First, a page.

The rise of the blog as a form of serious news reporting means that conventional journalists must become familiar with the blog format and rethink typical journalistic approaches. This ABC News program examines the blogger “community,” reviews major news stories that were broken by bloggers, and demonstrates ways in which blogging differs from traditional reporting methods. Featuring an interview with a Virginia schoolteacher who created a groundswell of political action with her blog, the video shows how the immediacy and the personal style of blog-writing can have powerful results—so powerful that journalistic accountability is now a contentious blog issue. (22 minutes)
At some time in your undergraduate career, you’re going to have to write an essay exam. This thought can inspire a fair amount of fear: we struggle enough with essays when they aren’t timed events based on unknown questions. The goal of this handout is to give you some easy and effective strategies that will help you take control of the situation and do your best.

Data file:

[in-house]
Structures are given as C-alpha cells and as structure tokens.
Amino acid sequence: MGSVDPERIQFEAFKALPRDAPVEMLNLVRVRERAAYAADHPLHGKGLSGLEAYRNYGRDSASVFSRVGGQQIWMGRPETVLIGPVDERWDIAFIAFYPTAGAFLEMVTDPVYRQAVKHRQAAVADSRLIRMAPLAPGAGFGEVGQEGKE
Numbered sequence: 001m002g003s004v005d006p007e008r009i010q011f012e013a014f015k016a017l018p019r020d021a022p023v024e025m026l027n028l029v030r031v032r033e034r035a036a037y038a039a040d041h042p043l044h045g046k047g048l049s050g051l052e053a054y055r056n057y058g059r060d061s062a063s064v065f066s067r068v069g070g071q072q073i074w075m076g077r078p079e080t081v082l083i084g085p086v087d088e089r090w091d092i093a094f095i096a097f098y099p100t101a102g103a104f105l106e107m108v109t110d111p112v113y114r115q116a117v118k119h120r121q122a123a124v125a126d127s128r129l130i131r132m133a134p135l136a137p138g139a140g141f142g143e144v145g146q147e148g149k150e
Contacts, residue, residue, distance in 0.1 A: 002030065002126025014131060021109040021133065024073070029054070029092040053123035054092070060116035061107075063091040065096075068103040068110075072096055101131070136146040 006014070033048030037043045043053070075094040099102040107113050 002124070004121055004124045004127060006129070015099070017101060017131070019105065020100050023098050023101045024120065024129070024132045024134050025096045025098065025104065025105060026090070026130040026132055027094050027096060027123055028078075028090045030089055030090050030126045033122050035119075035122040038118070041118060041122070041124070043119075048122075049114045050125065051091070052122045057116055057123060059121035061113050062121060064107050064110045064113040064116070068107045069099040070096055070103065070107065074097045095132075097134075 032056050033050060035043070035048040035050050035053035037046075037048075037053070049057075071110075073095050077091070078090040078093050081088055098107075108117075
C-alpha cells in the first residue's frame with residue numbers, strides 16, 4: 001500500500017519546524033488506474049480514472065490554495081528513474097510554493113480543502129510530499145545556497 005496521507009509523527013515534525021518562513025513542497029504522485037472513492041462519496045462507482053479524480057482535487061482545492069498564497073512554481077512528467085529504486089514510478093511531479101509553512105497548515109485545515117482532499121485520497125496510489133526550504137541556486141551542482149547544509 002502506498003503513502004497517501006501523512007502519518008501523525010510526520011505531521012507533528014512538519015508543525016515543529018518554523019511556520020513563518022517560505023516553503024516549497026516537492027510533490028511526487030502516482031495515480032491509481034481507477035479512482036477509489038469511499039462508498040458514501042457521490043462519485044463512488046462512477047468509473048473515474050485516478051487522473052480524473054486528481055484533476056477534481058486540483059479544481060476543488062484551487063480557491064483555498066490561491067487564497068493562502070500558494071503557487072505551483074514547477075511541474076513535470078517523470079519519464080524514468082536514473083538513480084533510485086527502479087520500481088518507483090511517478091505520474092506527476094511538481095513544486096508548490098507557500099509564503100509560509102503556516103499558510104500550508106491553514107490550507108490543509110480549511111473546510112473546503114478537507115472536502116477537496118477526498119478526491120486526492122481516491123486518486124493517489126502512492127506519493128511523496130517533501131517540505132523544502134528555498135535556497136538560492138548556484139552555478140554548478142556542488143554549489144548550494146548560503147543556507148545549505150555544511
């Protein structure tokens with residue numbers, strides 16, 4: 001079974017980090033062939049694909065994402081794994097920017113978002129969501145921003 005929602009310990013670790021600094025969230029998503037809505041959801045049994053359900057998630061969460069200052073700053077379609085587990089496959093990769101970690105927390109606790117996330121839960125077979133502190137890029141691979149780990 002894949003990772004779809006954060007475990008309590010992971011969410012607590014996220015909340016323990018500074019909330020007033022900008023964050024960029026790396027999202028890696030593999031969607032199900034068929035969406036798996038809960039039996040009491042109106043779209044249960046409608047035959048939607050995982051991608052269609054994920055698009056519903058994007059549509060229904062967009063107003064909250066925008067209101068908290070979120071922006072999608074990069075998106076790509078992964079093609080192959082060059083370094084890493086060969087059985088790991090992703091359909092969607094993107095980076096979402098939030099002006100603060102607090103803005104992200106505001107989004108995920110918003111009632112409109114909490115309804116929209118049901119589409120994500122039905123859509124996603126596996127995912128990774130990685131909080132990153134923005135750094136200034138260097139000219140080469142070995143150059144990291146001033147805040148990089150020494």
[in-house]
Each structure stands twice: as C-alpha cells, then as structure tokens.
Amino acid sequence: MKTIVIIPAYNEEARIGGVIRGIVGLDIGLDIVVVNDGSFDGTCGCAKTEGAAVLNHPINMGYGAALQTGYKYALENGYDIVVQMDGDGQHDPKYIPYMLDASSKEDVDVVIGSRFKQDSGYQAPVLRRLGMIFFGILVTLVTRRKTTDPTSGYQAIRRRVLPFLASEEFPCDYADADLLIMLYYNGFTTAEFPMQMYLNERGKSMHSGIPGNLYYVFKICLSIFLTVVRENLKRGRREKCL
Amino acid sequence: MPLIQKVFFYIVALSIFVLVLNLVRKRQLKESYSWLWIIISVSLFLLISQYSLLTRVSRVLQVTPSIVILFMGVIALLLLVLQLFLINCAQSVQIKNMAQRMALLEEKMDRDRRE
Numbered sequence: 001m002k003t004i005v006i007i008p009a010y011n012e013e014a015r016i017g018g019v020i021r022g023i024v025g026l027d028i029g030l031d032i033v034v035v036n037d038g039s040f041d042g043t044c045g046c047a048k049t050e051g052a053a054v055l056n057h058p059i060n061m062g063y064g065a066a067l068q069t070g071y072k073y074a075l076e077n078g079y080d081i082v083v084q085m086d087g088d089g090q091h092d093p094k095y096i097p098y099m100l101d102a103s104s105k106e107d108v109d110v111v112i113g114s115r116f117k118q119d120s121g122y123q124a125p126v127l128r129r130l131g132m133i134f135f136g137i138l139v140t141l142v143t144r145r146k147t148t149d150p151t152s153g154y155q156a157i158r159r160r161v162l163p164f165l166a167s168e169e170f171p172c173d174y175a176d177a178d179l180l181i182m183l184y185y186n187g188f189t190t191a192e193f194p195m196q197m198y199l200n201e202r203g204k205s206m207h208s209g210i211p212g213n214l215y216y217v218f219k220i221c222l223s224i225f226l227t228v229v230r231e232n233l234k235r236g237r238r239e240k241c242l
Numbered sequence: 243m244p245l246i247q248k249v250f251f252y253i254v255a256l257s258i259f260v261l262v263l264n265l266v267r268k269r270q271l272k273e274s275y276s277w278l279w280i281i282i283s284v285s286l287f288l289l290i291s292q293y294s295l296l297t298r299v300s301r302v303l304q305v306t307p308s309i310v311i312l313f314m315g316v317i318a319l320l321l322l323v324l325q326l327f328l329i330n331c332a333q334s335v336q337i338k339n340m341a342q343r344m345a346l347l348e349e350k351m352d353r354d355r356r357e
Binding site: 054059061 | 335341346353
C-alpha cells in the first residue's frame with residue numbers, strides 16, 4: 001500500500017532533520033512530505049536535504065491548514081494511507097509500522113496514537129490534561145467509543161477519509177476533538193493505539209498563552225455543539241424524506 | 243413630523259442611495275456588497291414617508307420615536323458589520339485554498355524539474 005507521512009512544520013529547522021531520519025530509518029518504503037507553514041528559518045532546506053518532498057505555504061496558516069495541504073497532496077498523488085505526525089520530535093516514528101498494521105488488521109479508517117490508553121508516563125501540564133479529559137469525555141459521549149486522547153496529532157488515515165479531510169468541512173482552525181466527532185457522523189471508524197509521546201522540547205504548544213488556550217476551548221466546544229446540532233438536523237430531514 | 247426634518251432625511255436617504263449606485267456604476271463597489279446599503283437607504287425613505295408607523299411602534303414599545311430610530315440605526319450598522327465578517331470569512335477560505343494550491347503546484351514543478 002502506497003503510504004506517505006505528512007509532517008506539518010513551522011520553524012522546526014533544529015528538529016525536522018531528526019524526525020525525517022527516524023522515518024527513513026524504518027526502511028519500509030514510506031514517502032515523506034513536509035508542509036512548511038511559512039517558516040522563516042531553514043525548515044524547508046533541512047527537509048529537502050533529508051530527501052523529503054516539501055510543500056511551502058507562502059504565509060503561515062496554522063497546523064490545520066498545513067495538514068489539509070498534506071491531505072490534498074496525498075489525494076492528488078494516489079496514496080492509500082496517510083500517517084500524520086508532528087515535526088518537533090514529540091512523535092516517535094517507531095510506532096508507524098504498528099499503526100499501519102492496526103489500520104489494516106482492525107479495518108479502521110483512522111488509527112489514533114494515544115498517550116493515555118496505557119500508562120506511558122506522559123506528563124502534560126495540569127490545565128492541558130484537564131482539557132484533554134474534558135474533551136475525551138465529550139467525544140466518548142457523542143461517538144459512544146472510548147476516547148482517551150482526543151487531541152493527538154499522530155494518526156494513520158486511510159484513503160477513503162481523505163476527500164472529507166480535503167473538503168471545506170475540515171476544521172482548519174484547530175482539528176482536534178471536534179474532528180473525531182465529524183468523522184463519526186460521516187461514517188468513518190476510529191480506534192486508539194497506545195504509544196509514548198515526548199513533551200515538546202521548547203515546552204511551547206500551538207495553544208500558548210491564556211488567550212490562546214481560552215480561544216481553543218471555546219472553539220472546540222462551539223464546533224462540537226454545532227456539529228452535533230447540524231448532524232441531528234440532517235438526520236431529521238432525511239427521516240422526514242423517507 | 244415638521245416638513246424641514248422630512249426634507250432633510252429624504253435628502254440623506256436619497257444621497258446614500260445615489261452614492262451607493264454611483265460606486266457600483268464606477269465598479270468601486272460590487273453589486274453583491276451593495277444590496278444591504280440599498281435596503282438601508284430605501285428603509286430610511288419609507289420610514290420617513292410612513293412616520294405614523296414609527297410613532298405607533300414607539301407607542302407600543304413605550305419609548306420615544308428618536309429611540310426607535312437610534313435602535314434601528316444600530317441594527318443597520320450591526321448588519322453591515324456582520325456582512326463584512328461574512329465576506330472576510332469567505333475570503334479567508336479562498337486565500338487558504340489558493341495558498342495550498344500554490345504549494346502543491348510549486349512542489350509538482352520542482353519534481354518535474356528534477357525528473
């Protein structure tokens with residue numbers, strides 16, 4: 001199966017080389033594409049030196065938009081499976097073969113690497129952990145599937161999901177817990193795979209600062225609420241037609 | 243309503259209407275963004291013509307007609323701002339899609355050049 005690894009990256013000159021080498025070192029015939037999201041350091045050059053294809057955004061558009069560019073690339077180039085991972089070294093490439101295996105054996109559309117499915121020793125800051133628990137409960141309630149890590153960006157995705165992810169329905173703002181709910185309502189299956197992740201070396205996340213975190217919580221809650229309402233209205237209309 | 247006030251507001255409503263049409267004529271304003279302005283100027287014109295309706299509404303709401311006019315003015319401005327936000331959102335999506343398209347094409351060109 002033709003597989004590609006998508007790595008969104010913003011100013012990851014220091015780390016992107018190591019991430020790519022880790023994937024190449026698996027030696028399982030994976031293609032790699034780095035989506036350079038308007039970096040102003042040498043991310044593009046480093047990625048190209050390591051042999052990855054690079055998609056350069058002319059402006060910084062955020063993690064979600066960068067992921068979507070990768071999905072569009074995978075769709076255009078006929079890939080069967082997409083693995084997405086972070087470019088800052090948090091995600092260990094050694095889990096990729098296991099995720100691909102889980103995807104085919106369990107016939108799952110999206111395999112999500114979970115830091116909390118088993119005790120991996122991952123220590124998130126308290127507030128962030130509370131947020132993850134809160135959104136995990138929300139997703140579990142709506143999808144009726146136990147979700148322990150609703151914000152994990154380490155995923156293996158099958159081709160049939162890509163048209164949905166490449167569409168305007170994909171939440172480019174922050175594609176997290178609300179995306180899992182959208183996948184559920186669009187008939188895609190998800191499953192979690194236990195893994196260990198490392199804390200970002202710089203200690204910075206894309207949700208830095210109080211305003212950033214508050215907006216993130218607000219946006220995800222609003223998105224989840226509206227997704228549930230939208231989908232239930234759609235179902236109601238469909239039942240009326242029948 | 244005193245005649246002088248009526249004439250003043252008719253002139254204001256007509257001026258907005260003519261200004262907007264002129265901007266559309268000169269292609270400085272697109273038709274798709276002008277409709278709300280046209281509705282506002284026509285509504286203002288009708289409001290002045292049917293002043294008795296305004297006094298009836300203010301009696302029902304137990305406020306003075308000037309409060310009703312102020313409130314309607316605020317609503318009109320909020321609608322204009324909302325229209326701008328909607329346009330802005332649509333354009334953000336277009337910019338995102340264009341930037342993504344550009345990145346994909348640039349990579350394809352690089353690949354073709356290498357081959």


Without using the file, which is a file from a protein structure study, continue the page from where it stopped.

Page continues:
"The purpose of a summary is to give the reader, in a about 1/3 of the original length of an article/lecture, a clear, objective picture of the original lecture or text. Most importantly, the summary restates only the main points of a text or a lecture without giving examples or details, such as dates, numbers or statistics."